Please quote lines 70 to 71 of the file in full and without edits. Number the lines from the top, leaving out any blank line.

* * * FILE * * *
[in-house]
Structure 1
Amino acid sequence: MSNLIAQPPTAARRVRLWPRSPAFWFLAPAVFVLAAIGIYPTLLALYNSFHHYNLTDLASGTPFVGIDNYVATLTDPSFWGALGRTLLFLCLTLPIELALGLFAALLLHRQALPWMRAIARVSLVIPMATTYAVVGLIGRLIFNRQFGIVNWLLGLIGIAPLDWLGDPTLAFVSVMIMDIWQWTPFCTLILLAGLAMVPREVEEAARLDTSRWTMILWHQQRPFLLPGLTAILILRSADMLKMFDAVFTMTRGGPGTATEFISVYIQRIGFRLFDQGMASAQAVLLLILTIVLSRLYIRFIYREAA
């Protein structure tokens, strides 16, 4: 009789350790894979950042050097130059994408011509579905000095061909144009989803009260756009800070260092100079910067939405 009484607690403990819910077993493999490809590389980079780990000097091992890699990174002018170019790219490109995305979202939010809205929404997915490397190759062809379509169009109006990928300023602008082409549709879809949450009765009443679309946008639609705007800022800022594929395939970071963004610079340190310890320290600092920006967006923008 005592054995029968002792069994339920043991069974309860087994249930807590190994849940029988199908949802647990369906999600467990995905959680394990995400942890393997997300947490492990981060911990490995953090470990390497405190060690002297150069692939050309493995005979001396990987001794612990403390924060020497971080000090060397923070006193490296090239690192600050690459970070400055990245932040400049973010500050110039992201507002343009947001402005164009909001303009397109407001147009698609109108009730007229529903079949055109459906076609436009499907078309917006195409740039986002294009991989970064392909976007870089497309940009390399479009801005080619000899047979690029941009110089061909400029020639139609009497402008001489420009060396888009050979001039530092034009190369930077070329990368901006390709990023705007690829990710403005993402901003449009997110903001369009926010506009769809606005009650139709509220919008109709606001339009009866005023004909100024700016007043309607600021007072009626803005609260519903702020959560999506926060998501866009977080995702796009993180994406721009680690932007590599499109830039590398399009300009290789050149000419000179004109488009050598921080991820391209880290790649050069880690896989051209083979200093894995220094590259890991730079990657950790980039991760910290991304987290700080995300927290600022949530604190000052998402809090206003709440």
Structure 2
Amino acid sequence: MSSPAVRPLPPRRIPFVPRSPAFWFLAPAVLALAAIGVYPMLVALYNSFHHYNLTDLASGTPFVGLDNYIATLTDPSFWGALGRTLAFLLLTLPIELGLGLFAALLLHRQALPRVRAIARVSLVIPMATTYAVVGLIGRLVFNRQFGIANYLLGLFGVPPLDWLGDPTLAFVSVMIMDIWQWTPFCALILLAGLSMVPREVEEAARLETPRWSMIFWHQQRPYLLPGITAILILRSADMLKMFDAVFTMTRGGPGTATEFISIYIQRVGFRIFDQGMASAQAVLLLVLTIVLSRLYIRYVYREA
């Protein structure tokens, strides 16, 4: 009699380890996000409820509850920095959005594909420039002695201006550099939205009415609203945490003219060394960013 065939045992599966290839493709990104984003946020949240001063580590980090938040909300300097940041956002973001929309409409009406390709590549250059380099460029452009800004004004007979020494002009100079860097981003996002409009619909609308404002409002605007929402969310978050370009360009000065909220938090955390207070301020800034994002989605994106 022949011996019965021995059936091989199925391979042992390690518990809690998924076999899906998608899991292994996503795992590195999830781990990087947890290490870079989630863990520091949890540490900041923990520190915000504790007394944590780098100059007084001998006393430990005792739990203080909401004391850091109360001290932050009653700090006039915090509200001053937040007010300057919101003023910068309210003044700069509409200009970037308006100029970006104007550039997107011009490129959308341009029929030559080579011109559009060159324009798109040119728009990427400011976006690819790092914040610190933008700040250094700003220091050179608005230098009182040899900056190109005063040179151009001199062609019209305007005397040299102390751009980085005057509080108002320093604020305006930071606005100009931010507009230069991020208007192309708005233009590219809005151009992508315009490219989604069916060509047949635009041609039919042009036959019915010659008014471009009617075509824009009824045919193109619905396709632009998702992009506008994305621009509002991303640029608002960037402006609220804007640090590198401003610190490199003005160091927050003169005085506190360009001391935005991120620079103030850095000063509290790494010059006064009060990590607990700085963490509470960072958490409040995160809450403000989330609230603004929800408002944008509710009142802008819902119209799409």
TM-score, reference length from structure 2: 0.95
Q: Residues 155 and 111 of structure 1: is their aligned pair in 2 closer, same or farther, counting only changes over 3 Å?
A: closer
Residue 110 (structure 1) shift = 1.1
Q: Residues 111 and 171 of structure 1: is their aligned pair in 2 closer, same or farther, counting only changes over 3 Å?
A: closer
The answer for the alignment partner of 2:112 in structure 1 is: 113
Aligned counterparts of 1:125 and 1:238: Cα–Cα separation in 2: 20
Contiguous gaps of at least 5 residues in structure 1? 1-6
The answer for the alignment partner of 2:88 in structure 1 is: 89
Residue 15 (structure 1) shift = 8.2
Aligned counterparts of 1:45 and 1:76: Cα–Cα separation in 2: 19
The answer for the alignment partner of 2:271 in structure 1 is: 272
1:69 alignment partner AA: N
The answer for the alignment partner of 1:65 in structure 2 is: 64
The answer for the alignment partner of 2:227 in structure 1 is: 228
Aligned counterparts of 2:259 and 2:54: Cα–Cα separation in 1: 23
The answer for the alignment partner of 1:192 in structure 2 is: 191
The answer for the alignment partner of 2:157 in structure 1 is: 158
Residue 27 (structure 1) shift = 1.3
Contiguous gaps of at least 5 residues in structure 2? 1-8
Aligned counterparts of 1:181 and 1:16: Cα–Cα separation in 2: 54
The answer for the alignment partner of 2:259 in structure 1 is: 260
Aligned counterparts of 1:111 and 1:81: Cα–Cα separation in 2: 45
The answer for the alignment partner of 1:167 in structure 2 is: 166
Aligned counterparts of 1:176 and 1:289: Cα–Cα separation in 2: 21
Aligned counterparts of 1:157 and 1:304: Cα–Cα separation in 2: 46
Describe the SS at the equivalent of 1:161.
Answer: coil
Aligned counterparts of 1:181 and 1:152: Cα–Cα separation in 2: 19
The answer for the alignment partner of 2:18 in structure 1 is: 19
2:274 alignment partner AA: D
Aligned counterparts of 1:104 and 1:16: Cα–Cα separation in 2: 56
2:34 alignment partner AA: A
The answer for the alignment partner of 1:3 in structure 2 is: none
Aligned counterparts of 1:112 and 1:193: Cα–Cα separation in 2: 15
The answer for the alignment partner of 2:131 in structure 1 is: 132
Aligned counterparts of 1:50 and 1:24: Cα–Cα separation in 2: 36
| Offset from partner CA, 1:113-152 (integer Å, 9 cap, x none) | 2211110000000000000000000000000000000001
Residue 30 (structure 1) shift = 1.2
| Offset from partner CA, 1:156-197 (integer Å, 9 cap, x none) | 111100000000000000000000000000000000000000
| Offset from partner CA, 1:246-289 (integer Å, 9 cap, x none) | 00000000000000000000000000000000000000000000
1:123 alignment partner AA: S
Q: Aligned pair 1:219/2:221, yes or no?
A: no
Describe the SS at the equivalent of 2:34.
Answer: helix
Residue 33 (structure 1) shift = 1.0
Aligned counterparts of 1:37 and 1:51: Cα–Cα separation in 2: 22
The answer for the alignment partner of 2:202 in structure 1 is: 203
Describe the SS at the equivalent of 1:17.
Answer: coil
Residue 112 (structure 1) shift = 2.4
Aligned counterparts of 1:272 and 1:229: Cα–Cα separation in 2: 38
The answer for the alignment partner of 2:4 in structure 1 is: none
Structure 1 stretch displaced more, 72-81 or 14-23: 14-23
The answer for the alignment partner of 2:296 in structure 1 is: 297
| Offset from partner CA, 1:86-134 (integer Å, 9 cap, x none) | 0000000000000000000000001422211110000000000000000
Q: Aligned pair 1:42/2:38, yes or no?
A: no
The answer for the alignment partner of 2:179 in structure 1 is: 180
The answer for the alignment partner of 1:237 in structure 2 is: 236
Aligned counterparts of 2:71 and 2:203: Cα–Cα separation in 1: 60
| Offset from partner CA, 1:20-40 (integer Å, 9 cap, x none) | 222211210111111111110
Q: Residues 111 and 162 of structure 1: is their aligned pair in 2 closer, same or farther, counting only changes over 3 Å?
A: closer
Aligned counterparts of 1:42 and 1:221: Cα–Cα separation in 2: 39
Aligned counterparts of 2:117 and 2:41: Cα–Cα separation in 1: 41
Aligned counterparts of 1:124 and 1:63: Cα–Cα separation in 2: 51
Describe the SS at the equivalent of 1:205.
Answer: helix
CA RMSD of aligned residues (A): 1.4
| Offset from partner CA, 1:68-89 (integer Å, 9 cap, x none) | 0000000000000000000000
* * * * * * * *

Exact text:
Aligned counterparts of 2:71 and 2:203: Cα–Cα separation in 1: 60
| Offset from partner CA, 1:20-40 (integer Å, 9 cap, x none) | 222211210111111111110